Then on May 22, 1824, Congress enacted a tariff on manufactured goods to protect nascent American industries, primarily in the North, from cheaper British goods. The tariff was the first of three to pit the interests of Northern industrialists against Southern growers, who now enjoyed none of the protection of the tariff but were forced to pay the higher prices for industrial goods.  The effects of the tariff were just begining to be felt in 1825 when the price of cotton plunged forty percent, brought on by the additional supplies of cotton coming from the newly-established plantations in Alabama and Missisissippi. Therefore, at the time of Calhoun’s election as Vice-President, South Carolina had fallen under the influence of its political “Radicals” who had little interest in Calhoun’s prior commitment to nationalism that argued for the necessity to protect the country’s industries with tariffs and to moderate reconciliation on the slavery issue.  As he traveled around his home state following his election, this change was abundantly clear to him, and he realized that if he was ever to achieve his presidential ambitions, he needed to first secure the support of South Carolina’s voters by realigning his political views with those whose votes he needed. Thus had emerged in 1825 the John C. Calhoun that the history books record as the Sectionalist who was the champion of Southern state’s rights as he returned to Washington as Adams’ Vice-President.  

He grew increasing combative with Adams over the President’s proposed internal improvement programs, eventually accepting a deal with Andrew Jackson, negotiated by none other than the wily Martin Van Buren, who had his own political agenda in blocking DeWitt Clinton’s ambition to be Jackson’s running mate (that ended with Clinton’s death on Feb. 11, 1828), to be Jackson’s Vice President in 1828, thereby informally politically abandoning Adams, his President.  In an attempt to seal the election for Jackson, Calhoun, in league with a number of Southern Senators, concocted a scheme now referred to as the Tariff of Abominations, that so increased the cost of tariffs across the board that even Northerners would vote against it, gving the Southerners an election issue.  To their chagrin, the plan had backfired because there were sufficient Northerns who saw the tariff as an opportunity to protect the country’s (albeit the majority were in the North) businesses and passed it on May 19, 1828, leaving the South with higher prices to pay for almost all of their imported goods.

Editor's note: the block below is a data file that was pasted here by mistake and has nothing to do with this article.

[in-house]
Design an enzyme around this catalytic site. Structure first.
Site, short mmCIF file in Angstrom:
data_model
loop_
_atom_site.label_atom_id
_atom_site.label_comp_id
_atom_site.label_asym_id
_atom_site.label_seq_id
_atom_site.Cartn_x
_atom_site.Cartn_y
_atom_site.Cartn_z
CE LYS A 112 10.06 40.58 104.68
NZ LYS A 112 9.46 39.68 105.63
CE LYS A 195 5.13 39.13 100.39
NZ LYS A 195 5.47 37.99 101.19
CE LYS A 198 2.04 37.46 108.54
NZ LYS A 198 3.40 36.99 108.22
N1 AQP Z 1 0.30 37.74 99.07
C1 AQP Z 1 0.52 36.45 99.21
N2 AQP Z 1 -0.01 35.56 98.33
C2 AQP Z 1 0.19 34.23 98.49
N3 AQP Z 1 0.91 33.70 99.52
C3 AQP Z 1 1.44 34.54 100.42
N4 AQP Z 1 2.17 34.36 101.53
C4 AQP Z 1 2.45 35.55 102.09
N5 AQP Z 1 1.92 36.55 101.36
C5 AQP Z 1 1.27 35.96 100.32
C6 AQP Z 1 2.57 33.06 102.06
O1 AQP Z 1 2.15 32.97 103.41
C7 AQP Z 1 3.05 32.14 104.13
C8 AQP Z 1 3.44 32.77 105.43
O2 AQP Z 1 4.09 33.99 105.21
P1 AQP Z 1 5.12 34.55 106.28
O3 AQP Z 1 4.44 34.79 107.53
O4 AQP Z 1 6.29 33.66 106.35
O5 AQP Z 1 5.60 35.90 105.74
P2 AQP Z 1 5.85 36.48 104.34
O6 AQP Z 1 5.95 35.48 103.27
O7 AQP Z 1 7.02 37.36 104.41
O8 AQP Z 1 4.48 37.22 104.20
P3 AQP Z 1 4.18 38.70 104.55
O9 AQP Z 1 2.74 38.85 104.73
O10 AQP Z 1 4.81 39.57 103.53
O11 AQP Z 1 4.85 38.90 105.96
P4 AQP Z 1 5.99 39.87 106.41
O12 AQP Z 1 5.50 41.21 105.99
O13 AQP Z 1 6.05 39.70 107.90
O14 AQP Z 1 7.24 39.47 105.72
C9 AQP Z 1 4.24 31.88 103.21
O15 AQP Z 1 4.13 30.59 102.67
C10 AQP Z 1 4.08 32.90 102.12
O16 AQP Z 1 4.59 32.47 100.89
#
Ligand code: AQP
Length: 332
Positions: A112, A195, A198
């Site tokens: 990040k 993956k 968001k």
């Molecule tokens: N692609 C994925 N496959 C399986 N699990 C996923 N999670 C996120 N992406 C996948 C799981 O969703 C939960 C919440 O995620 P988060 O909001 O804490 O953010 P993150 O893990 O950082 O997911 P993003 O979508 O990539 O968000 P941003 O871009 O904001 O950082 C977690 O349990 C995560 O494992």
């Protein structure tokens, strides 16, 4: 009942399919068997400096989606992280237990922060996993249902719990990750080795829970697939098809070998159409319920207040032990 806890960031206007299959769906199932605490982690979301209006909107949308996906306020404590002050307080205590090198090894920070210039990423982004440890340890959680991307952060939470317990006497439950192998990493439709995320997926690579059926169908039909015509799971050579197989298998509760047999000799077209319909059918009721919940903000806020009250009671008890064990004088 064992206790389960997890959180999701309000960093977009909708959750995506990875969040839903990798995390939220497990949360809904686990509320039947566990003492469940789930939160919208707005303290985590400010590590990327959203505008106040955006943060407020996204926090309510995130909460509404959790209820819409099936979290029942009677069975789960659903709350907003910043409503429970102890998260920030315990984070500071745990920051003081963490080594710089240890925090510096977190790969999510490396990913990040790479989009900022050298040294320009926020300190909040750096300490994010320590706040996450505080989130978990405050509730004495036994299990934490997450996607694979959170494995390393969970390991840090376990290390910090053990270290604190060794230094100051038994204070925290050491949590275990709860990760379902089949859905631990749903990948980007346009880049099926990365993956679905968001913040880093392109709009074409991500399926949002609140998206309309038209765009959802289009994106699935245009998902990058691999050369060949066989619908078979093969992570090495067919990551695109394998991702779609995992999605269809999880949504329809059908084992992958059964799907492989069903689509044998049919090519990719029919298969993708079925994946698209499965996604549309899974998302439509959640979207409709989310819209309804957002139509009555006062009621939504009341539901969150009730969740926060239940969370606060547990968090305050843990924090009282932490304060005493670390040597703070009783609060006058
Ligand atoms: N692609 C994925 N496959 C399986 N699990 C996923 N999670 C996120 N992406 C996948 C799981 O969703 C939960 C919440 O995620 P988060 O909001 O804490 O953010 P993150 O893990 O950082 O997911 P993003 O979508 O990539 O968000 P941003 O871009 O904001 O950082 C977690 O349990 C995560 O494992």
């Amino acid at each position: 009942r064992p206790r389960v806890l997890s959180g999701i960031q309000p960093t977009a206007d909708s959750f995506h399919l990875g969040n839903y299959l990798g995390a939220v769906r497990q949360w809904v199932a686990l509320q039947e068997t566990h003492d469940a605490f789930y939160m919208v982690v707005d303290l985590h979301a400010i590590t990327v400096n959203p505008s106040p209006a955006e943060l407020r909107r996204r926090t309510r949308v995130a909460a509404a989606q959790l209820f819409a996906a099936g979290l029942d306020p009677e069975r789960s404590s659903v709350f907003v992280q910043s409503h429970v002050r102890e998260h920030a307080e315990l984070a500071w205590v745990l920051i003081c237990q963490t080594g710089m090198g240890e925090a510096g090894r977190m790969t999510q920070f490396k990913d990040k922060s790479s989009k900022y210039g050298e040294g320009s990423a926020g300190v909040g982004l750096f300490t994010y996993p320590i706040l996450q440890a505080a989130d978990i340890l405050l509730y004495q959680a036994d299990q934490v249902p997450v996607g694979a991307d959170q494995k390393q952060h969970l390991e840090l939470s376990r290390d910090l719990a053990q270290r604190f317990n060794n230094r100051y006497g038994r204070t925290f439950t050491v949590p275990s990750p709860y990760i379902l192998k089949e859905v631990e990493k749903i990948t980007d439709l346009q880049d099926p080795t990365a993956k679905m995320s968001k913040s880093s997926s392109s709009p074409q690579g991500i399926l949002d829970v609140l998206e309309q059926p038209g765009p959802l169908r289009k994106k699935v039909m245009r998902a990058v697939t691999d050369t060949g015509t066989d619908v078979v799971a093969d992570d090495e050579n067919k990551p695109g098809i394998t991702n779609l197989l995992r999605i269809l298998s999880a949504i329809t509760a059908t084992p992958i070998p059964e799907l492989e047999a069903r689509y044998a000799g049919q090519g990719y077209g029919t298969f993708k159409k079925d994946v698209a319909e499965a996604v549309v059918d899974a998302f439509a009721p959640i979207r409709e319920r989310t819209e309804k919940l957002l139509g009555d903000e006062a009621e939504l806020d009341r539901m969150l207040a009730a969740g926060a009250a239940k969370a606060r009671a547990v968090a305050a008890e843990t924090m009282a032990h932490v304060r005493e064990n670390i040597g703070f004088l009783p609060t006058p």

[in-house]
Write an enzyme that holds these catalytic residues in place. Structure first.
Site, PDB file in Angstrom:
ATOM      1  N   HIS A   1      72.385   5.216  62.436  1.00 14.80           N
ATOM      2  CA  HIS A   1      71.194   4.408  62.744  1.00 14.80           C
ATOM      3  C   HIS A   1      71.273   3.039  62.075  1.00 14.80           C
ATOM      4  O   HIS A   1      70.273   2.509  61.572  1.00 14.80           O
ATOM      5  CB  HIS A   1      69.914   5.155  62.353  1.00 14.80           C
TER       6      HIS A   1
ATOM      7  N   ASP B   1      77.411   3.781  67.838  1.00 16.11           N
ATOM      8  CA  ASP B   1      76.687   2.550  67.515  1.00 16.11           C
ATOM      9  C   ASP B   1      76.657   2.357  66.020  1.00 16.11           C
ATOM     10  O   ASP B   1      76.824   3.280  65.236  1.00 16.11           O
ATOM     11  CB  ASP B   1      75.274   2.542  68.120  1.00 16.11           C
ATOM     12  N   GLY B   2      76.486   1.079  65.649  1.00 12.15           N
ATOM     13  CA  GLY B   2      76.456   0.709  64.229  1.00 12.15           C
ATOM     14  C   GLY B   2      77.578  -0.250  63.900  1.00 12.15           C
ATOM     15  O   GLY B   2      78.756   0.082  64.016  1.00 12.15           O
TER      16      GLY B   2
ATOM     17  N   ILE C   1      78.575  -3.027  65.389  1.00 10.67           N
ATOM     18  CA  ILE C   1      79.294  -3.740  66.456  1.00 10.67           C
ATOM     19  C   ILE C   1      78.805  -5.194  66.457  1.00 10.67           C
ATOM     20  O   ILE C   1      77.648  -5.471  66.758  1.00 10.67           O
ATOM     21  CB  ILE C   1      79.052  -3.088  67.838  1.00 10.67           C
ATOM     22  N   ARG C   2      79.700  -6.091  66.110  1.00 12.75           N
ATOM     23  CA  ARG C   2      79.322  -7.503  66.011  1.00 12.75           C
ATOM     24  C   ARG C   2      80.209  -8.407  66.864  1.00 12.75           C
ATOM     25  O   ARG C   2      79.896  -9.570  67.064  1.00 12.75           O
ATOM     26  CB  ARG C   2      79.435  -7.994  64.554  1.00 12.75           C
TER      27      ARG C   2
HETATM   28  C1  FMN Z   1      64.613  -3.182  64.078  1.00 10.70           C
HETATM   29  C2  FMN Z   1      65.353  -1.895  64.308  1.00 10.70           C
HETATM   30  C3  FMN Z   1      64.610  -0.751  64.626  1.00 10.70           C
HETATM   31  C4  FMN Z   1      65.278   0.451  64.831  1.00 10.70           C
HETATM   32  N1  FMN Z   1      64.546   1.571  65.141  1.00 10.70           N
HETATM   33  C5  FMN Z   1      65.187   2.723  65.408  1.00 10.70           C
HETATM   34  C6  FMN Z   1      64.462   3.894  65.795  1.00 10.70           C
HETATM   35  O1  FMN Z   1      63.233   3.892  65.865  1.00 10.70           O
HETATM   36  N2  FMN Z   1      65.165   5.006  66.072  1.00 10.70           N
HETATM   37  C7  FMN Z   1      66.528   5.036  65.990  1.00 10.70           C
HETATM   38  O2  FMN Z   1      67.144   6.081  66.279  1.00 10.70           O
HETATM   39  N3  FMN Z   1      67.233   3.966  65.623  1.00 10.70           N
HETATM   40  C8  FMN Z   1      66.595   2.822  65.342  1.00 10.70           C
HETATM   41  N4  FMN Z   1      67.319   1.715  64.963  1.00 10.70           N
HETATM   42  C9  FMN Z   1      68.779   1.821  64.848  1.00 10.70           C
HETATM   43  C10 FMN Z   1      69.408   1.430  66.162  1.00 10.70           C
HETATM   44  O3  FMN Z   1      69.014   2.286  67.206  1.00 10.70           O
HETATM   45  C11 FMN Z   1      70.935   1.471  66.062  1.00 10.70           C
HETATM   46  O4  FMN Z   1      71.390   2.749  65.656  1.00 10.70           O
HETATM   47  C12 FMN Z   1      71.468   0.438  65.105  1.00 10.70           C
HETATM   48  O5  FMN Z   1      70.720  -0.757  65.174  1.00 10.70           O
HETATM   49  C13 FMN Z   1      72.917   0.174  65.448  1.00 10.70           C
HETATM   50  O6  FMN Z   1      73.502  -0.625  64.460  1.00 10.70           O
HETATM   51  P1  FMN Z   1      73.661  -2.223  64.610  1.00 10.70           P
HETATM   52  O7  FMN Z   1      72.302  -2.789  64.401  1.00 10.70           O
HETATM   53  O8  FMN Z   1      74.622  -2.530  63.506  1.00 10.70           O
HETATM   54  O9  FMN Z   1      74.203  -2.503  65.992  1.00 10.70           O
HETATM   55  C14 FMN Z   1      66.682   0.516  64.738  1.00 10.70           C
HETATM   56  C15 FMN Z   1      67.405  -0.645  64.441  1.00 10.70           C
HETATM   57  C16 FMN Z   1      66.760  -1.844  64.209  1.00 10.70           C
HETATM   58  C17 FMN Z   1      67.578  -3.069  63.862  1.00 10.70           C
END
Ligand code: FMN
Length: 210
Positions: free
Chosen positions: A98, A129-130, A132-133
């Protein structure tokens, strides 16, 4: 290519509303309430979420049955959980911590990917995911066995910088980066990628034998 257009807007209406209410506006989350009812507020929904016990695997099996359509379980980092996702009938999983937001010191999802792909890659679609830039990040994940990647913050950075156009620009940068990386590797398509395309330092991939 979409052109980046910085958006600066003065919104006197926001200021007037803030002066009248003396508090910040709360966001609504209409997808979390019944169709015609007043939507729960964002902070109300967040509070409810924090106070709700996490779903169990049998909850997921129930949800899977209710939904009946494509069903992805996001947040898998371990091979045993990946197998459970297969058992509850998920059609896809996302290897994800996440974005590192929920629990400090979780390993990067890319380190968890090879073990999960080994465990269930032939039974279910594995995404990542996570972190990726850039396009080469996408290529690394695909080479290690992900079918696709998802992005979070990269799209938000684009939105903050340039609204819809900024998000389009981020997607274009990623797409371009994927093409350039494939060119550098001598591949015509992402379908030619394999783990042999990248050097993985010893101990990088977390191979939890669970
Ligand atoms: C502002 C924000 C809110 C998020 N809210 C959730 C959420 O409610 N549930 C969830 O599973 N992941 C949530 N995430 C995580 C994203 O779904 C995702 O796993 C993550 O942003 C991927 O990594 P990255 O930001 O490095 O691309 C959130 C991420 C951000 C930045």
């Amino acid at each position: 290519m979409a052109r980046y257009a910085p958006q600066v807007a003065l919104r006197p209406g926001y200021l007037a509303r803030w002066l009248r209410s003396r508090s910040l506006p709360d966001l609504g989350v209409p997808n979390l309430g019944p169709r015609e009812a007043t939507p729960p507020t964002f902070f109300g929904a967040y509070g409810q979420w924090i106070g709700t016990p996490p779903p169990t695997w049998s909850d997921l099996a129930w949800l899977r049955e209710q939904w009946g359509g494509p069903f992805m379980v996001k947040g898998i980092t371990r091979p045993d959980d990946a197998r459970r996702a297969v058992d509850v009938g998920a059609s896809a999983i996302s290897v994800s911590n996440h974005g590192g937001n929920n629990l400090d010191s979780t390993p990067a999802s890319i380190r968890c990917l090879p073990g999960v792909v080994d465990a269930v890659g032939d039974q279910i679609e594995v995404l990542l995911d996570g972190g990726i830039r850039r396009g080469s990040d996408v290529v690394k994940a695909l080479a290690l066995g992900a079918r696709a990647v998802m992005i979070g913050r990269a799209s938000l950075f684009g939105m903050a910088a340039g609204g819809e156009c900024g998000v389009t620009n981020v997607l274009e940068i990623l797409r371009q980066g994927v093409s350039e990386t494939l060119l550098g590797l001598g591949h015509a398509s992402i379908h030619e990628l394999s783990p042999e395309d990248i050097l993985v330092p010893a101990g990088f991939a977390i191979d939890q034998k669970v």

Nonetheless, Jackson handily defeated Adams’ bid for reelection in 1828 with Calhoun continuing as the Vice-President. While Calhoun’s revised political views would succeed in having him reelected to the Senate for the remainder of his life, they often ran counter to those of Jackson, especially when the two came into conflict over Nullification, the issue of whether or not a state had the right not to enforce a federal law, such as the 1828 Tariff.  Calhoun had defended this theory, following the election, in his pamphlet, The South Carolina Exposition and Protest that he anonymously published in December 1828, assuming that Jackson upon assuming office would simply support the repeal of the tariff.  Jackson, however, had no such plans and with the able assistance of the ambitious Van Buren would see to it that Calhoun would never be a Presidential candidate, starting with his selection of Van Buren, and not Calhoun, to be his Vice-President candidate in his upcoming reelection campaign of 1832.  South Carolina held a state convention immediately after the election on Nov. 24, 1832, in which it voted that it had the right to refuse to enforce the U.S. tariff, beginning on Feb. 1, 1833.  Meanwhile, Hayne had been elected as South Carolina’s Governor, leaving his U.S. Senate seat vacate.  The embittered Calhoun resigned as Vice-President before Van Buren could be inaugurated as his replacement.  The South Carolina legislature then promptly elected Calhoun to fill Hayne’s remaining Senate term so that he could return to the national stage to better defend South Carolina’s rights.